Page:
If you are traveling and a house-sitter is in charge, the stress of your absence could lead to accidents.
Accidents can happen to your puppy or older pet.
This can be a blessing if you have an inexpensive tufted carpet. It protects a more valuable hardwood floor beneath it.
Accidents can be expensive when it comes to oriental rugs (hand-woven). Pet urine is one of the most hazardous spills on textiles.
Cotton is the most common foundation fiber for woven rugs. Wool fibers are then tied around cotton warps. Pet urine, vomit, or poo will penetrate the wool fibers because it is warm and acidic. The cotton fibers will absorb the accident. The accident you see may only be the tip of the iceberg.
In the middle of all rugs, you will find a more significant problem than what is visible on the surface. If you clean an area and it still smells bad, you can’t reach the source of the situation without full immersion cleaning.
When you see an accident, you should act immediately. The fiber protector applied to your rug when you bought it will not make it bulletproof, but it can help stop permanent stains and allow the spills to be held in place for a little longer, giving you a better chance at cleaning it up. The stain must be professionally cleaned if it is left for too long. However, wool and silk rugs that have been protected will clean up much better than those without protection.
Attention: If you are unsure if your rug is real or artificial silk (Viscose Rayon Bamboo Silk, Banana Silk, Art Silk, Manmade Silk Tencel), these are all regenerated cellulose fibers. The fiber is made from wood pulp and cellulose waste products chemically treated to produce a soft, shiny fabric.
All wet spills can be a disaster with these artificial silk fibers. Ask the rug manufacturer for specific instructions on how to care for these fibers. Most accidents will require the rug to be replaced. A simple water spill can cause a rug to be destroyed.
Here are the steps to clean up your wool spills:
If you can, scoop anything up. Use a white cotton towel to blot up any messes.
Pour some soda into a container (or, if you don’t have soda water, a mixture consisting of white vinegar mixed with three parts cool filtered water). Then, wring the excess water out and DAMPEN affected area. After blotting with a cotton cloth, remove any urine, vomit, or fecal matter. Blotting can help prevent pile damage or distortion. Scrubbing may damage lower-quality wool.
Blot the area until there is no more liquid in the towel and it remains damp. Place a cotton towel folded in half under the rug and another over it. Press the towel down into the rug by placing the weight on the spot. The towel underneath the area is to protect the floor. The towel on top is intended to receive moisture.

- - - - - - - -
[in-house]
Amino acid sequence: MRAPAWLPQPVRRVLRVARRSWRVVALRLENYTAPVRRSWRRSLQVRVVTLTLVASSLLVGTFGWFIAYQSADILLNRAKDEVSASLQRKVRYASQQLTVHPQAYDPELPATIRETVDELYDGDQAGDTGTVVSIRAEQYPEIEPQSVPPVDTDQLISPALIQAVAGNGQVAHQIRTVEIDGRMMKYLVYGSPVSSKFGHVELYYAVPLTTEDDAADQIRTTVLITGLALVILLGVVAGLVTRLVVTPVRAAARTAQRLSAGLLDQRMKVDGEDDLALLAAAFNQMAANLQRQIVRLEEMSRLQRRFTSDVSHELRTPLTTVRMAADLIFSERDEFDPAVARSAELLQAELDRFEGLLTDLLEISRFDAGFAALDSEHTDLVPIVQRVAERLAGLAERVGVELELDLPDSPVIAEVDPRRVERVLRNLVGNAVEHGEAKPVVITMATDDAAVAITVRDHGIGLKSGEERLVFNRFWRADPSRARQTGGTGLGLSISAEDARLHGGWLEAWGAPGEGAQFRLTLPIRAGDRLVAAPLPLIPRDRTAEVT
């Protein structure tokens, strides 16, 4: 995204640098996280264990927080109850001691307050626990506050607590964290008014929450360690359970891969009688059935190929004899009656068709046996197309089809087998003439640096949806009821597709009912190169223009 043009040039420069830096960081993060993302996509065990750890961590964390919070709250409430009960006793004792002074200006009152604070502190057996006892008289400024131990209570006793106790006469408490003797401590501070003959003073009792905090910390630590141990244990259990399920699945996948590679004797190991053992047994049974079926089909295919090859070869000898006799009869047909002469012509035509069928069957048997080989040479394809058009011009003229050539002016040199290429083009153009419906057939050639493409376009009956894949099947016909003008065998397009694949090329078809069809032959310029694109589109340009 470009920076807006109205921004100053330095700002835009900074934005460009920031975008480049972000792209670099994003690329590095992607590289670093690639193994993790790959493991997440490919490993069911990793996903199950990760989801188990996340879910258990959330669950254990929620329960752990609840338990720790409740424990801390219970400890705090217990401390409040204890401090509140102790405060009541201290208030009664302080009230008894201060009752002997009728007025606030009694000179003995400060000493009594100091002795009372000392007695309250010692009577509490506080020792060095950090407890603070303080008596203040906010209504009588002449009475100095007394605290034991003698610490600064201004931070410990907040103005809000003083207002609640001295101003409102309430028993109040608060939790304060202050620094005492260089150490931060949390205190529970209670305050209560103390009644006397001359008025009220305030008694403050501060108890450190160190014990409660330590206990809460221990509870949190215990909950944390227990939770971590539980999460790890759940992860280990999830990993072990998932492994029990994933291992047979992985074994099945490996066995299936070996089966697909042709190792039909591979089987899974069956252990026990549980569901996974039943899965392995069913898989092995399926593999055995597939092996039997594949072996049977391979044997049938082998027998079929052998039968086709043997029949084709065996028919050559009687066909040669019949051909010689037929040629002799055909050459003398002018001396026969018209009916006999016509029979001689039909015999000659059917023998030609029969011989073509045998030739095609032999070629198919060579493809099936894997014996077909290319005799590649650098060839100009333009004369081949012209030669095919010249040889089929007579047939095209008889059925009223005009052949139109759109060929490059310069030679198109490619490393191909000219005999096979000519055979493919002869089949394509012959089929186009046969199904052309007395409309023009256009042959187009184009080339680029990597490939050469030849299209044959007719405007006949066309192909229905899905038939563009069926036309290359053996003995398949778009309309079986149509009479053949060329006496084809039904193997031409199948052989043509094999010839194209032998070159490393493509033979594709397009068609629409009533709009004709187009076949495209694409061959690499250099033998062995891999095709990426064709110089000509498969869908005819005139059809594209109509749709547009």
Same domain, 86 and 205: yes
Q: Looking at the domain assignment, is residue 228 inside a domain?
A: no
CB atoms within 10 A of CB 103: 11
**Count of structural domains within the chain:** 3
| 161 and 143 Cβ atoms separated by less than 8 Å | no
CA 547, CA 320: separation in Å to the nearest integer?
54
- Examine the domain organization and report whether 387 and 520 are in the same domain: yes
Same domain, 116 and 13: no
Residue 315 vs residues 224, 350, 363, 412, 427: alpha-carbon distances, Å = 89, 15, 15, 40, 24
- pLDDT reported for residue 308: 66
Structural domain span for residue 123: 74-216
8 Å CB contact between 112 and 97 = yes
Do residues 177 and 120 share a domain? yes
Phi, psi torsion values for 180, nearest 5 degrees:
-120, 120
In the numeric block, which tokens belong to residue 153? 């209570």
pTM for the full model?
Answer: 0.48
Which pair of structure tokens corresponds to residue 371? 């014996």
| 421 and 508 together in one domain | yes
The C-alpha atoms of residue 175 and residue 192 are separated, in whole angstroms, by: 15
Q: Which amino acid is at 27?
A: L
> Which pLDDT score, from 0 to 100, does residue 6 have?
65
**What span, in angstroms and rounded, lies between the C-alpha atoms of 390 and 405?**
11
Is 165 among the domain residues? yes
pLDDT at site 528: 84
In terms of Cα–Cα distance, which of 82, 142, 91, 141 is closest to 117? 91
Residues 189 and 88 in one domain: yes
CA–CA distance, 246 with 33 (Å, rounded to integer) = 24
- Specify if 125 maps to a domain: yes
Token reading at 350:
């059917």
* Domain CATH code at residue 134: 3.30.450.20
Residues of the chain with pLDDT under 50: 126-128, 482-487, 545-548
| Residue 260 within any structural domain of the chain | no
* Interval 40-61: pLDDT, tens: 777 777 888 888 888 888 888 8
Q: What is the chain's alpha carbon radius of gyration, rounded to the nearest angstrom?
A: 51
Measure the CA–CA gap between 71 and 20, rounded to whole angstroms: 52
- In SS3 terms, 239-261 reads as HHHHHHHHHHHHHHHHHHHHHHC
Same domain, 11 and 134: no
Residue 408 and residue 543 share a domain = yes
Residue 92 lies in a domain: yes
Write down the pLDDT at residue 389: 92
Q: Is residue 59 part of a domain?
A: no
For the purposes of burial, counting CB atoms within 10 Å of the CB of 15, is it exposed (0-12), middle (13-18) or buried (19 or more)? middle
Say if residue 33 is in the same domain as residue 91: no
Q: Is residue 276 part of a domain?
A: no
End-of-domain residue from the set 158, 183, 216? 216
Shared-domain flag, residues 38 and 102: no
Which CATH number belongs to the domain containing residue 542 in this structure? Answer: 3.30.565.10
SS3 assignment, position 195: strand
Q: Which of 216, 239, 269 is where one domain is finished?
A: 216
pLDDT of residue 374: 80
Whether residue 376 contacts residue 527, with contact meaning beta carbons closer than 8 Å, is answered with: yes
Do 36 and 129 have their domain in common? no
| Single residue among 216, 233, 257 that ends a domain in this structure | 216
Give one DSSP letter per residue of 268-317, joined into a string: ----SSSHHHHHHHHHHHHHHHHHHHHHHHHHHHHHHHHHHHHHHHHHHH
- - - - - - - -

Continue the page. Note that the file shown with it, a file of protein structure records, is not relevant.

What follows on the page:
Weight will create a capillary effect where moisture from the rug fibers moves UP and into the white, dry cotton towels. This will also help move contaminants with the moisture. The “loose dye” will also move into the towel and not outward to other areas of your rug.
The towel should be left in place for at least one night. The wicking process will be more effective if there is no movement. I use a small kettlebell for that weight, as it won’t move unless you do. You can stack books or any other weight of 5 pounds or more on a tray.
Warning: Stop immediately if you notice the rug dyes transferring to the towel while blotting. You should also dry the area quickly. CORN STARCH can be used to absorb moisture. If you pack the area in powder and take the rug to an expert rug cleaner as soon as possible, the damage will be minimal. If your rug is silk, you’ll want to immediately blot the spill and cover the area with CORN STARCH. Most silk dyes will bleed fairly quickly, so it’s better to be safe than sorry.
You do not want the back of any rug to be wet. You are adding too much moisture to the foundation of your rug, which could lead to mildew or dry rot.
Pet accidents can cause a lot of damage to rugs. The stains are permanent, the smell is strong, and long-term exposure causes bacterial and fungal contamination in the middle of the carpet. This is not good for your indoor living environment.
Removing urine from these rugs must be completely submerged in a rug-washing facility. The rug must be thoroughly cleaned and decontaminated.
The rug’s surface is only cleaned when you clean it at home. The top of the fibers are cleaned, but the fibers inside remain contaminated. Because of this, they may still have a strong smell even after cleaning at home. This process DOES NOT remove the source of contamination, which is located in the middle part of the rug.
Only a thorough wash will allow you to reach the root of the problem.
You can buy inexpensive synthetic rugs and cover your valuable rugs or swap them to eliminate the risk.